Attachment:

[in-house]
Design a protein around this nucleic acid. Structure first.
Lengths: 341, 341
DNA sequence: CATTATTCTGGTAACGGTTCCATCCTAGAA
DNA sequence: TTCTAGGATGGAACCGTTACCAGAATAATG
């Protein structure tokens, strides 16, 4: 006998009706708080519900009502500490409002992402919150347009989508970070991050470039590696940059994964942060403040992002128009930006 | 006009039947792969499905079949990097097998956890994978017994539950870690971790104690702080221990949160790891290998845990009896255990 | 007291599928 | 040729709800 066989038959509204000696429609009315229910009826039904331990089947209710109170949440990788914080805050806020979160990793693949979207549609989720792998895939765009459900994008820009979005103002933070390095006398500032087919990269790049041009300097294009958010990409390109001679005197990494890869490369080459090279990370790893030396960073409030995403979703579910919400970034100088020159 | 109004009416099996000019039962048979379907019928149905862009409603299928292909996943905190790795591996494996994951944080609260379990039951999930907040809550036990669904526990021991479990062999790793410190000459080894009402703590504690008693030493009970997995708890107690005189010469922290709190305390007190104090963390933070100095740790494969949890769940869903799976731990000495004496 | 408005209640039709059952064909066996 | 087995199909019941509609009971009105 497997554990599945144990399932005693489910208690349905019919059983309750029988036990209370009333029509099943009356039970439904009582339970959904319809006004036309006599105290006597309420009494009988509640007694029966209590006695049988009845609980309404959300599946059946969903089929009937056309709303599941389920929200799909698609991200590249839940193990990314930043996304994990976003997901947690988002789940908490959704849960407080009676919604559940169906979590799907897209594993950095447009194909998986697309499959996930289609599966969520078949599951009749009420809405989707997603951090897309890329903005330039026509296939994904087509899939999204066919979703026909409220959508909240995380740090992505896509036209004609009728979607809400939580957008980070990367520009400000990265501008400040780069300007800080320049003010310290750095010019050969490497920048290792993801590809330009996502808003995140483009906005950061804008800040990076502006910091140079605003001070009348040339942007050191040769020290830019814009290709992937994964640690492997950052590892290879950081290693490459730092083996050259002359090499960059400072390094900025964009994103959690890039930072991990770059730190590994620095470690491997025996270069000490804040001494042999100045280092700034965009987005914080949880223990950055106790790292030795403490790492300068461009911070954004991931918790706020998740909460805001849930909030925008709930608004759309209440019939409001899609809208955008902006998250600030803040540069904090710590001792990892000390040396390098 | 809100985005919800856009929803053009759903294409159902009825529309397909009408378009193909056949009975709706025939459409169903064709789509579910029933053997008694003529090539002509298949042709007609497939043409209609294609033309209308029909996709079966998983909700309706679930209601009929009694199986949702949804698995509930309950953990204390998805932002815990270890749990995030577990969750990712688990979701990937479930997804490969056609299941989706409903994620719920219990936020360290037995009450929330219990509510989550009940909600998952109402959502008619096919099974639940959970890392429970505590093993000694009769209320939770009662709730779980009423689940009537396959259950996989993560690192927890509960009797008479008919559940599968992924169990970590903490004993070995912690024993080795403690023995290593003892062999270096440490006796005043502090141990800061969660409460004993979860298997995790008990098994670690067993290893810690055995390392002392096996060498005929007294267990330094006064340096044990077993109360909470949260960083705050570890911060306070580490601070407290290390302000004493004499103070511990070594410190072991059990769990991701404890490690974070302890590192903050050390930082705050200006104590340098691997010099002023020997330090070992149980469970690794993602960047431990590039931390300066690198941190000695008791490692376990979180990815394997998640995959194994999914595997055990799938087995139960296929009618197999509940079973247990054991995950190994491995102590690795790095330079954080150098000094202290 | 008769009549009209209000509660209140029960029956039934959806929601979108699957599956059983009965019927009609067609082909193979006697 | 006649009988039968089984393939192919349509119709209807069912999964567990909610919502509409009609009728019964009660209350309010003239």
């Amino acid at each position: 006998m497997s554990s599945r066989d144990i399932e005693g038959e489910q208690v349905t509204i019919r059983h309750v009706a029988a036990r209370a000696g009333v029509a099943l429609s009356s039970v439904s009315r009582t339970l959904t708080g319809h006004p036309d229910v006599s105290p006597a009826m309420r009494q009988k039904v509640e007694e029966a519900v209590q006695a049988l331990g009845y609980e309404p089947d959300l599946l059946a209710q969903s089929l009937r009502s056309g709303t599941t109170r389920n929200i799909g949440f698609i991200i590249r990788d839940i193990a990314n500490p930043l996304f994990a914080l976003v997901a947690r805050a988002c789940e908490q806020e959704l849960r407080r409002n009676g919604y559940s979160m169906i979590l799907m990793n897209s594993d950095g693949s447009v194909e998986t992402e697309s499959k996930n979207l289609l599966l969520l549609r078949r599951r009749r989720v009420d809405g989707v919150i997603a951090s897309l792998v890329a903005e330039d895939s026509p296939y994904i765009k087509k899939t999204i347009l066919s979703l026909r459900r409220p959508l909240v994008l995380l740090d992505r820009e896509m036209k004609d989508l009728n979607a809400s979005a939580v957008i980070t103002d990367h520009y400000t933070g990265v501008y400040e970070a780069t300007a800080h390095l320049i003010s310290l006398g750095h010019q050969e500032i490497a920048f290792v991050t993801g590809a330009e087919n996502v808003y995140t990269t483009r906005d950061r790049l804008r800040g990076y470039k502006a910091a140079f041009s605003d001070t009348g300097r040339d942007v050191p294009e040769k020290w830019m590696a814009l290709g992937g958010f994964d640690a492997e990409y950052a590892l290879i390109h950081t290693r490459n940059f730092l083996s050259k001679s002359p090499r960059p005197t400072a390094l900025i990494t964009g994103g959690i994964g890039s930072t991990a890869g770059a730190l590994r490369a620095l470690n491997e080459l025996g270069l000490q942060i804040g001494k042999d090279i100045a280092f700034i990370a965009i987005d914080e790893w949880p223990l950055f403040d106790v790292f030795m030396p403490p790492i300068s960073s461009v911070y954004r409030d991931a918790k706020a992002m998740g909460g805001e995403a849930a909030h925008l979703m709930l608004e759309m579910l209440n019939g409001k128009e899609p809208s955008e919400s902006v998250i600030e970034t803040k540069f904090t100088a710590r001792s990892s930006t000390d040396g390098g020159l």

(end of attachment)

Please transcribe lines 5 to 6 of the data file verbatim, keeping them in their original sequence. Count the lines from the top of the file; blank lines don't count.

DNA sequence: TTCTAGGATGGAACCGTTACCAGAATAATG
């Protein structure tokens, strides 16, 4: 006998009706708080519900009502500490409002992402919150347009989508970070991050470039590696940059994964942060403040992002128009930006 | 006009039947792969499905079949990097097998956890994978017994539950870690971790104690702080221990949160790891290998845990009896255990 | 007291599928 | 040729709800 066989038959509204000696429609009315229910009826039904331990089947209710109170949440990788914080805050806020979160990793693949979207549609989720792998895939765009459900994008820009979005103002933070390095006398500032087919990269790049041009300097294009958010990409390109001679005197990494890869490369080459090279990370790893030396960073409030995403979703579910919400970034100088020159 | 109004009416099996000019039962048979379907019928149905862009409603299928292909996943905190790795591996494996994951944080609260379990039951999930907040809550036990669904526990021991479990062999790793410190000459080894009402703590504690008693030493009970997995708890107690005189010469922290709190305390007190104090963390933070100095740790494969949890769940869903799976731990000495004496 | 408005209640039709059952064909066996 | 087995199909019941509609009971009105 497997554990599945144990399932005693489910208690349905019919059983309750029988036990209370009333029509099943009356039970439904009582339970959904319809006004036309006599105290006597309420009494009988509640007694029966209590006695049988009845609980309404959300599946059946969903089929009937056309709303599941389920929200799909698609991200590249839940193990990314930043996304994990976003997901947690988002789940908490959704849960407080009676919604559940169906979590799907897209594993950095447009194909998986697309499959996930289609599966969520078949599951009749009420809405989707997603951090897309890329903005330039026509296939994904087509899939999204066919979703026909409220959508909240995380740090992505896509036209004609009728979607809400939580957008980070990367520009400000990265501008400040780069300007800080320049003010310290750095010019050969490497920048290792993801590809330009996502808003995140483009906005950061804008800040990076502006910091140079605003001070009348040339942007050191040769020290830019814009290709992937994964640690492997950052590892290879950081290693490459730092083996050259002359090499960059400072390094900025964009994103959690890039930072991990770059730190590994620095470690491997025996270069000490804040001494042999100045280092700034965009987005914080949880223990950055106790790292030795403490790492300068461009911070954004991931918790706020998740909460805001849930909030925008709930608004759309209440019939409001899609809208955008902006998250600030803040540069904090710590001792990892000390040396390098 | 809100985005919800856009929803053009759903294409159902009825529309397909009408378009193909056949009975709706025939459409169903064709789509579910029933053997008694003529090539002509298949042709007609497939043409209609294609033309209308029909996709079966998983909700309706679930209601009929009694199986949702949804698995509930309950953990204390998805932002815990270890749990995030577990969750990712688990979701990937479930997804490969056609299941989706409903994620719920219990936020360290037995009450929330219990509510989550009940909600998952109402959502008619096919099974639940959970890392429970505590093993000694009769209320939770009662709730779980009423689940009537396959259950996989993560690192927890509960009797008479008919559940599968992924169990970590903490004993070995912690024993080795403690023995290593003892062999270096440490006796005043502090141990800061969660409460004993979860298997995790008990098994670690067993290893810690055995390392002392096996060498005929007294267990330094006064340096044990077993109360909470949260960083705050570890911060306070580490601070407290290390302000004493004499103070511990070594410190072991059990769990991701404890490690974070302890590192903050050390930082705050200006104590340098691997010099002023020997330090070992149980469970690794993602960047431990590039931390300066690198941190000695008791490692376990979180990815394997998640995959194994999914595997055990799938087995139960296929009618197999509940079973247990054991995950190994491995102590690795790095330079954080150098000094202290 | 008769009549009209209000509660209140029960029956039934959806929601979108699957599956059983009965019927009609067609082909193979006697 | 006649009988039968089984393939192919349509119709209807069912999964567990909610919502509409009609009728019964009660209350309010003239």